I’ve been asked to do a talk on plotting next week –– you know, around the time we may finally know the who’s the leader of the free world and who’s Trump — and you also know, I hope, that it’s not going to be me who does the talking. I have to tell this group something, I suppose, but really they’re going to talk, I’m going to listen, and we’ll probably discuss, well, I don’t know the name for it. See what you think of this, please, and tell me if you can think of a word to describe it all.
Last time I did anything like this, I wrote out what I called the Ten Rules of Plotting. Of course they’re not rules, of course there were Twelve of them. But I thought it was a useful kind of –– guide? list? brochure? — or something. Chiefly because I thought it included some things — nuggets? pearls? a third thing? — that could help you avoid the kind of plot choices that make your audience switch to Netflix or your reader turn to looking up the US electoral college count. Again.
It also had –– suggestions? tips? advice? –– on how to make your plot last longer, which is immensely useful for scriptwriters becoming novelists.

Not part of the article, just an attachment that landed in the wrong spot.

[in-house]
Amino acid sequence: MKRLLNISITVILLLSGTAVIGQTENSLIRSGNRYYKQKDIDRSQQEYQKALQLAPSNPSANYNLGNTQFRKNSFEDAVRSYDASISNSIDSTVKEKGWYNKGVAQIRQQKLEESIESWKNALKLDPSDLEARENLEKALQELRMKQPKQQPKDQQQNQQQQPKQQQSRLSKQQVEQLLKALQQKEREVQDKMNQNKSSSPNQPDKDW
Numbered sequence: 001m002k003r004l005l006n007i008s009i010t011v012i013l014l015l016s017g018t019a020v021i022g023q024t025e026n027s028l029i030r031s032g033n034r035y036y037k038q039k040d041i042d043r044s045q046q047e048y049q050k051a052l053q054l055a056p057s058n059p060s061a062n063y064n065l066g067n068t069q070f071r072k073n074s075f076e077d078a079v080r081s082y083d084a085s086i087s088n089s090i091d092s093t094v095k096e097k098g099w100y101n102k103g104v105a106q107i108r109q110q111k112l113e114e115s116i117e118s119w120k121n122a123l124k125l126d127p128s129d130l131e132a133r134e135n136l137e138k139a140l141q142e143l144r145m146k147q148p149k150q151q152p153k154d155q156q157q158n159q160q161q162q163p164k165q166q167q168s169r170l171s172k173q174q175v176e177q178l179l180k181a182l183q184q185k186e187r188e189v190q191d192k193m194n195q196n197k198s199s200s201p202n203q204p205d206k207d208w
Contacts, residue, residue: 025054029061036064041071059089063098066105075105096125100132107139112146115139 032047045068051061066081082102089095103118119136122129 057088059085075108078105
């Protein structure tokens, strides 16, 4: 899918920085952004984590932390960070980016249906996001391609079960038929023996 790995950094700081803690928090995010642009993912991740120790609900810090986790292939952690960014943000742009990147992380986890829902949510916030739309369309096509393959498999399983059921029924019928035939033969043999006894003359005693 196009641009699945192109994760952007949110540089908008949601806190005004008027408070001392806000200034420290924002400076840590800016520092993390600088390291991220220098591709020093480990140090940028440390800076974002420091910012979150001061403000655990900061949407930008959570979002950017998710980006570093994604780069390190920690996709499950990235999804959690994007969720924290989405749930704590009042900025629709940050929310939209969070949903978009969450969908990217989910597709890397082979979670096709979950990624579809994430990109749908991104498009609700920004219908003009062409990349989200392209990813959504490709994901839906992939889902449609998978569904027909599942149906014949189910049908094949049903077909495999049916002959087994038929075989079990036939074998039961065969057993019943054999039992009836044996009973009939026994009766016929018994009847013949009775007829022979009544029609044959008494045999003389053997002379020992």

And then there is this.
The quickest way to create a plot, I believe, is to think of a character and then ask yourself what the worst thing that can happen to them is.
There is more, as in you really shouldn’t take your first thought. Especially since that first thought is probably that they die. Look for what’s worse and especially what is the worst thing for them, not just for anyone, specifically for them. My usual quick example is when your character is a surgeon and I offer that the worst thing that can happen for her is that she catches her hand in a car door.
That’s career-pausing, could be career-killing, but I think it’s more than that because in my mind this character is an egotist and she’s just had everything that she thinks makes her special deleted from her.
I love putting characters into situations they cannot live with –– and then seeing how they live with it.
To my mind, that’s really character and that’s what’s really interesting and the car door is just a prop. Plots are a prop for characters. But you can find plots by testing your characters.
Which is all well and good, except I have never been more politically aware and we are at a time when it feels as if politics moves on by choosing what the worst thing to happen is.
I love putting characters into situations. I’ve had enough of this happening to us all in real life. And I do know a word for that.